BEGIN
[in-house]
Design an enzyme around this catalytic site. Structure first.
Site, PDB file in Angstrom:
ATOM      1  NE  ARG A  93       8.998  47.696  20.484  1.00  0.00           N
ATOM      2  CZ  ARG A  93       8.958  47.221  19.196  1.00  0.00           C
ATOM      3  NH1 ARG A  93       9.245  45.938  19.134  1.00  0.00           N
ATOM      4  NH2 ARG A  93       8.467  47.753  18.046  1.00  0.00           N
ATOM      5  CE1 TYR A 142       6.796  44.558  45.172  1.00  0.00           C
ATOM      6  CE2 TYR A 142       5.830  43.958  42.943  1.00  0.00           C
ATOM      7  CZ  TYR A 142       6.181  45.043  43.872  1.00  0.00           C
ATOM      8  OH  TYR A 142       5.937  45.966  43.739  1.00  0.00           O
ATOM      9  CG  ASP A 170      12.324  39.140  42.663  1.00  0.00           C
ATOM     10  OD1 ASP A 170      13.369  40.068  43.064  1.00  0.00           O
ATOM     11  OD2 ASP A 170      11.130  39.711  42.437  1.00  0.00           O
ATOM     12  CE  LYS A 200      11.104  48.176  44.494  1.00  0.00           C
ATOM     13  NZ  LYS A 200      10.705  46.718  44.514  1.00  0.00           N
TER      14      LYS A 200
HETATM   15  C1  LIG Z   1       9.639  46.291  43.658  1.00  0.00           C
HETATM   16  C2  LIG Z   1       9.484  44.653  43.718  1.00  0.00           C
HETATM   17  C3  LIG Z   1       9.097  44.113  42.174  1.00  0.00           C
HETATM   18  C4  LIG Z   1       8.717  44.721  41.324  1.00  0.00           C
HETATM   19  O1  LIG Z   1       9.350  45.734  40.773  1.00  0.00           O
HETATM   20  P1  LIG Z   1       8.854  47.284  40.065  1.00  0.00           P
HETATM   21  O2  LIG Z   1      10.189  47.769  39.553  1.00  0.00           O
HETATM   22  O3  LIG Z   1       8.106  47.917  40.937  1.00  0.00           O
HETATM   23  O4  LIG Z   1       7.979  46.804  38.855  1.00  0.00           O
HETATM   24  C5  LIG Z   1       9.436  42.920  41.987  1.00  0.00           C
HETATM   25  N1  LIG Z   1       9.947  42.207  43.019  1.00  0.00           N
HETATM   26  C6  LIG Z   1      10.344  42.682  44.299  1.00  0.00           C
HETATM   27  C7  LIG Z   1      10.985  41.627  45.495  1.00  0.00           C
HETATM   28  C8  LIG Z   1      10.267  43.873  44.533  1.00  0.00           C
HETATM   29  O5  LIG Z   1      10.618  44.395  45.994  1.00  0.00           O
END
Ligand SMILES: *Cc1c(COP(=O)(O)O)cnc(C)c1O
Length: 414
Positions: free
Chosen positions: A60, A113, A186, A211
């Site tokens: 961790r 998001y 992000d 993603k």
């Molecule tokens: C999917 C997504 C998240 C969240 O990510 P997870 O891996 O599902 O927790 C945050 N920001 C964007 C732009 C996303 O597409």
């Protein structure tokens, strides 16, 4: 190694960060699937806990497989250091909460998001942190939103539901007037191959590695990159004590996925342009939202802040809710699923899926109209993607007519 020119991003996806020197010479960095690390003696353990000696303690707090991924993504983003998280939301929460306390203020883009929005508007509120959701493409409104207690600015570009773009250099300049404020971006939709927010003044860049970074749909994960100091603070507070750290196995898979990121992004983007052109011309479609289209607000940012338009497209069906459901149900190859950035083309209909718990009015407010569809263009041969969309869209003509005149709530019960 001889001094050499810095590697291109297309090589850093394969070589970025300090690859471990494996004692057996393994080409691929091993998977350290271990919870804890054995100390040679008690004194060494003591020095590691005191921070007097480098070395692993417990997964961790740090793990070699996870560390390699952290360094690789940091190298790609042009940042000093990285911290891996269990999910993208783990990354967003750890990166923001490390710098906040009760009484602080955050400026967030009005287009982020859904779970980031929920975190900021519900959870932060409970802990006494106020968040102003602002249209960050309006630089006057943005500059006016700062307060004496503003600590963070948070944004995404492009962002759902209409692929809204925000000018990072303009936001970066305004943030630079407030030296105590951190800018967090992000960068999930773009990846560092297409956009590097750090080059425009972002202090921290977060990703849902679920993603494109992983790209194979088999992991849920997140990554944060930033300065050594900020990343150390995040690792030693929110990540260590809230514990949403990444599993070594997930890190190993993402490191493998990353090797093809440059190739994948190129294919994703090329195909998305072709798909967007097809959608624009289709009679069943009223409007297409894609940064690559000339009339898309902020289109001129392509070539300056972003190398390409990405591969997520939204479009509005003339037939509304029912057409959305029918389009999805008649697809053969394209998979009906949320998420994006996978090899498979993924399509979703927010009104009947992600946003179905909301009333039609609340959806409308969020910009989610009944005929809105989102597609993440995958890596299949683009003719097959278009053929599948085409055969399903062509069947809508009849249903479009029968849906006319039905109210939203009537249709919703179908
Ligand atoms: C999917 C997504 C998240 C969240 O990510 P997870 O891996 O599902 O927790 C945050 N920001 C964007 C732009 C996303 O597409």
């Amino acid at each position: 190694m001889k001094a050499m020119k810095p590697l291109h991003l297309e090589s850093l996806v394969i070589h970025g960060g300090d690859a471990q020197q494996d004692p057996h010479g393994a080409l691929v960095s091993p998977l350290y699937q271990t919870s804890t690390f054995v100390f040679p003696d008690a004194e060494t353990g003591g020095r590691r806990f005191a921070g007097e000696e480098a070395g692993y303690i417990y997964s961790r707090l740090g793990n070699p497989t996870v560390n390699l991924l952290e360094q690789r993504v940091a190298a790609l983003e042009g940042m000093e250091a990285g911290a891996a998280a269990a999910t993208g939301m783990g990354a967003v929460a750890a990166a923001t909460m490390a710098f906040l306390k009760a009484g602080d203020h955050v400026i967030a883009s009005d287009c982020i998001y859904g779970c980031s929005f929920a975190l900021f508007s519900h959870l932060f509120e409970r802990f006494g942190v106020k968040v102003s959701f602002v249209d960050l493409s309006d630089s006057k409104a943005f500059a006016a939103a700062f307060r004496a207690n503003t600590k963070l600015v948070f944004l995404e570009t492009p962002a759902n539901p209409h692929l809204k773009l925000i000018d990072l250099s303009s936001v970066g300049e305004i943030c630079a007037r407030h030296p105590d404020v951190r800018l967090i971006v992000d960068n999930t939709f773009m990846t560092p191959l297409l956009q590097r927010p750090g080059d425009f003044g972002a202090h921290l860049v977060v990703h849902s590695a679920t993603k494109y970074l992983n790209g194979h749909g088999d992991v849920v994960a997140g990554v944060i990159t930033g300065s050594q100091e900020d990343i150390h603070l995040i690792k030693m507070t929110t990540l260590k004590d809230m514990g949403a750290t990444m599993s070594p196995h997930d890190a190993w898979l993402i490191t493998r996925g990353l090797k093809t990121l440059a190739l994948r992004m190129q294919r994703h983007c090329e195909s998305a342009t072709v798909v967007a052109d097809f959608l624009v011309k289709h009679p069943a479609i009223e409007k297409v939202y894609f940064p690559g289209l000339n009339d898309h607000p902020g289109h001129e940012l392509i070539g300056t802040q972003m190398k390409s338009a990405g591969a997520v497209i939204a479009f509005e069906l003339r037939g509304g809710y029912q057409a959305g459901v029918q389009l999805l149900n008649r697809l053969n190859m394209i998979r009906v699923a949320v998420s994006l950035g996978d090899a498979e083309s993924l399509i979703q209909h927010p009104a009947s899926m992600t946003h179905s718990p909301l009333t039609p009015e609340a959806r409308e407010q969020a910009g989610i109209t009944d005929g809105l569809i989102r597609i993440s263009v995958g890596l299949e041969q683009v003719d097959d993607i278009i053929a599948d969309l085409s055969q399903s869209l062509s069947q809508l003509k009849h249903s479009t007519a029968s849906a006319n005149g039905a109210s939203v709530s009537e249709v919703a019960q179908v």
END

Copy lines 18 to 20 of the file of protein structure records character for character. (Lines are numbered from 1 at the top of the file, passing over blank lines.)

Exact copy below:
HETATM   15  C1  LIG Z   1       9.639  46.291  43.658  1.00  0.00           C
HETATM   16  C2  LIG Z   1       9.484  44.653  43.718  1.00  0.00           C
HETATM   17  C3  LIG Z   1       9.097  44.113  42.174  1.00  0.00           C